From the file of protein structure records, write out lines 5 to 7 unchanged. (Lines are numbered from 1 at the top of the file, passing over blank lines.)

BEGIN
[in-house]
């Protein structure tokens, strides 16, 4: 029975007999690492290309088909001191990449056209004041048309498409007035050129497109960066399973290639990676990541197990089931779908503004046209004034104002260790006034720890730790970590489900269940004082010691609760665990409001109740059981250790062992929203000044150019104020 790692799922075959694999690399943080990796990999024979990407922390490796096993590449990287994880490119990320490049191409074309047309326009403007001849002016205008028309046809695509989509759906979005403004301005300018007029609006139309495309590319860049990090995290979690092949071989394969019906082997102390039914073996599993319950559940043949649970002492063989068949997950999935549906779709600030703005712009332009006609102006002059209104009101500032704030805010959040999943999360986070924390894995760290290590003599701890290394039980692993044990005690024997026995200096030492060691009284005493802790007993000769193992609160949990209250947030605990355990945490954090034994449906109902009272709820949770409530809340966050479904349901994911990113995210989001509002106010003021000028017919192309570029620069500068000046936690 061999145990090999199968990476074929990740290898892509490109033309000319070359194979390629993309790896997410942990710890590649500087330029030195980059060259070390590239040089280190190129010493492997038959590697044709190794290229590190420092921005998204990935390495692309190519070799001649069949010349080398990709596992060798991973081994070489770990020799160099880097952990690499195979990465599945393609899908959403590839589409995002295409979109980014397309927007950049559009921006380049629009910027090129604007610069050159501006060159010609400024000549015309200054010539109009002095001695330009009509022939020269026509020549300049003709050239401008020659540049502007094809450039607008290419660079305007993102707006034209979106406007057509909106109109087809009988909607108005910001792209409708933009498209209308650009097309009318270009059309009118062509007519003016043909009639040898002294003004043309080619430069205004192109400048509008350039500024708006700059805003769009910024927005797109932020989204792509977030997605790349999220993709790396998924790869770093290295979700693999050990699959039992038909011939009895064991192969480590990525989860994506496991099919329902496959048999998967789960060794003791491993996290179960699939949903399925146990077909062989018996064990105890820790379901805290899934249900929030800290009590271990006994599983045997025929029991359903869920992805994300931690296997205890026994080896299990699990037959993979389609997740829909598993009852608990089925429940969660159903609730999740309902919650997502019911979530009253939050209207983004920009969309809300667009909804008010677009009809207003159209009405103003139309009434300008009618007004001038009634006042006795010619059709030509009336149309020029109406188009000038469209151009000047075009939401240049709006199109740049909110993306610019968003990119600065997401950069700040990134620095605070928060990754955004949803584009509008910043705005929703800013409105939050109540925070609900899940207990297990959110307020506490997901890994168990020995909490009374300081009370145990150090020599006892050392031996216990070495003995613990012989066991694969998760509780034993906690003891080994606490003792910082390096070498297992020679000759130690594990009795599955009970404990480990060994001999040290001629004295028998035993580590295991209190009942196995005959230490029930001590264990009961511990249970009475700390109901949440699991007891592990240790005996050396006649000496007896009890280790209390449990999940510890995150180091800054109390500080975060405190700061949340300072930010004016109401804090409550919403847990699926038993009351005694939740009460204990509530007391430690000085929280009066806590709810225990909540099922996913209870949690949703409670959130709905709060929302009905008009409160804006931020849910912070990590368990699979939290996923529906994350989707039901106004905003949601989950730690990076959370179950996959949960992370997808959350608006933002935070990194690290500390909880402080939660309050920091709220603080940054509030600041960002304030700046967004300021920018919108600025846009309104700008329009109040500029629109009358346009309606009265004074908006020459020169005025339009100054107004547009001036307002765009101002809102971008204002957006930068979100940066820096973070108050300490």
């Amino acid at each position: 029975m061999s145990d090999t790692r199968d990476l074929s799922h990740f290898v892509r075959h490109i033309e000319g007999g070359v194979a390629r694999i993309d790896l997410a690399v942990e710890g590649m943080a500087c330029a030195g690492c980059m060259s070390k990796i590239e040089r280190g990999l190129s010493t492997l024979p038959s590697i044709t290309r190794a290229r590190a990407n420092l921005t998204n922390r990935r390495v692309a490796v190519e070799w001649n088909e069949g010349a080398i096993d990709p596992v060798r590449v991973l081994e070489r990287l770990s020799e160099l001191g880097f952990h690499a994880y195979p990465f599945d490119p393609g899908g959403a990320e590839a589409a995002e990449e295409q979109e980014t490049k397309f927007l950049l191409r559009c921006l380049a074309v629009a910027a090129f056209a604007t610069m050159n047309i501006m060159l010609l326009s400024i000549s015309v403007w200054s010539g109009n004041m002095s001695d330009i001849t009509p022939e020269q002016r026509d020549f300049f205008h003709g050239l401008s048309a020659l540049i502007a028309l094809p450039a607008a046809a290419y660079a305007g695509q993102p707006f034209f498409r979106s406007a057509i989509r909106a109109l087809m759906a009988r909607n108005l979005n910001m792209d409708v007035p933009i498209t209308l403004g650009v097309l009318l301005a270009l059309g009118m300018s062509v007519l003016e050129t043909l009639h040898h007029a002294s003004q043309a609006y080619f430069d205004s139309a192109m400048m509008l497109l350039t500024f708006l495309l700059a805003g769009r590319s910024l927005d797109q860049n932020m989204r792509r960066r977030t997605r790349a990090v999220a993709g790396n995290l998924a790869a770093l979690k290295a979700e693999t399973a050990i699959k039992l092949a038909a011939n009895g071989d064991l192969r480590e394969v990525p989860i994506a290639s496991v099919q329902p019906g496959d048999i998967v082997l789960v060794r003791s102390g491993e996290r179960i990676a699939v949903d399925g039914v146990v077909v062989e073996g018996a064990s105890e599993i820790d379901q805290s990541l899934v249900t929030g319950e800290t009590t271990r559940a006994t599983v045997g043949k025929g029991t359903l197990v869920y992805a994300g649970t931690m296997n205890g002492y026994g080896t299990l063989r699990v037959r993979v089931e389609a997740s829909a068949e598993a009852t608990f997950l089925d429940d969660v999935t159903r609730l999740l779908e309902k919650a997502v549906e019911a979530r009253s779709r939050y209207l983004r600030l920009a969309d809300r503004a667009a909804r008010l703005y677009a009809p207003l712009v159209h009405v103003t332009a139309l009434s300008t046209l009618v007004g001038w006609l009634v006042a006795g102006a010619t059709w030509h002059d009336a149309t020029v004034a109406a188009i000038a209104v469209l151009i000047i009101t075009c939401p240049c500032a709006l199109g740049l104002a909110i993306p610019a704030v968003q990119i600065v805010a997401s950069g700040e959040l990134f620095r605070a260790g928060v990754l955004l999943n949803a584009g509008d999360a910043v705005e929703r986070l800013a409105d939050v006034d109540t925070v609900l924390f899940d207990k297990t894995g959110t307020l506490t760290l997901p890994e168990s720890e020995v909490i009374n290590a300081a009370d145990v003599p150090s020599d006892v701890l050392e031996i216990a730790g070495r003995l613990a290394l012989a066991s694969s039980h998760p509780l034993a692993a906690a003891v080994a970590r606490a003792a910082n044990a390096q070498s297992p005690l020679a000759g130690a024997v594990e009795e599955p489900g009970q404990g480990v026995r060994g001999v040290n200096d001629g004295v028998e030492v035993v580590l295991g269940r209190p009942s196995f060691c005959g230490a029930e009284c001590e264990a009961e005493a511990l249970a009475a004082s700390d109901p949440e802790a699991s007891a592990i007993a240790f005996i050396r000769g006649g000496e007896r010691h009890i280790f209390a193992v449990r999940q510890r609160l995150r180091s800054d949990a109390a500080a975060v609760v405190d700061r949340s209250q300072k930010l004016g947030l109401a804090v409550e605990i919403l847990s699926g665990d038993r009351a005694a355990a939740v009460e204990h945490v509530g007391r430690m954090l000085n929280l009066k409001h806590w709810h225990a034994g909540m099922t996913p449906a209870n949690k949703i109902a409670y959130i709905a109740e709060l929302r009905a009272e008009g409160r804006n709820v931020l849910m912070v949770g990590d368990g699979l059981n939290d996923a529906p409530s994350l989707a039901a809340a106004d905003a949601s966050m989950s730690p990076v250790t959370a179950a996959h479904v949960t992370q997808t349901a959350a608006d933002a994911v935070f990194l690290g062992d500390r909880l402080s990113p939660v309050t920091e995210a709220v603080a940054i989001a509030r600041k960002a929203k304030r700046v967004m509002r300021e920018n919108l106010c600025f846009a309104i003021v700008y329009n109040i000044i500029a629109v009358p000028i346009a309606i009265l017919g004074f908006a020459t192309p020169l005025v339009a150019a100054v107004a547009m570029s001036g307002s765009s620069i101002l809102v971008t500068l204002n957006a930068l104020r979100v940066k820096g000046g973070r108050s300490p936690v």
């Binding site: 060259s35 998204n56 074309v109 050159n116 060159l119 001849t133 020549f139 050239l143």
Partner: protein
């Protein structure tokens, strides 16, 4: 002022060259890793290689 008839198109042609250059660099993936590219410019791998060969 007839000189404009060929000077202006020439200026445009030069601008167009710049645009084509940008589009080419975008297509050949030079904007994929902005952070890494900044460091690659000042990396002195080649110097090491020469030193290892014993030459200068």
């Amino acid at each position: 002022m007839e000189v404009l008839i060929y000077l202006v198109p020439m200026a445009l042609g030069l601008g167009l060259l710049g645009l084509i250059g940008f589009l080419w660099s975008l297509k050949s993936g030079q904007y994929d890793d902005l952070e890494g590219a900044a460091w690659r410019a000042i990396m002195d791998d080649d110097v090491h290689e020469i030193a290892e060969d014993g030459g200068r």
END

Partner: protein
């Protein structure tokens, strides 16, 4: 002022060259890793290689 008839198109042609250059660099993936590219410019791998060969 007839000189404009060929000077202006020439200026445009030069601008167009710049645009084509940008589009080419975008297509050949030079904007994929902005952070890494900044460091690659000042990396002195080649110097090491020469030193290892014993030459200068």
């Amino acid at each position: 002022m007839e000189v404009l008839i060929y000077l202006v198109p020439m200026a445009l042609g030069l601008g167009l060259l710049g645009l084509i250059g940008f589009l080419w660099s975008l297509k050949s993936g030079q904007y994929d890793d902005l952070e890494g590219a900044a460091w690659r410019a000042i990396m002195d791998d080649d110097v090491h290689e020469i030193a290892e060969d014993g030459g200068r």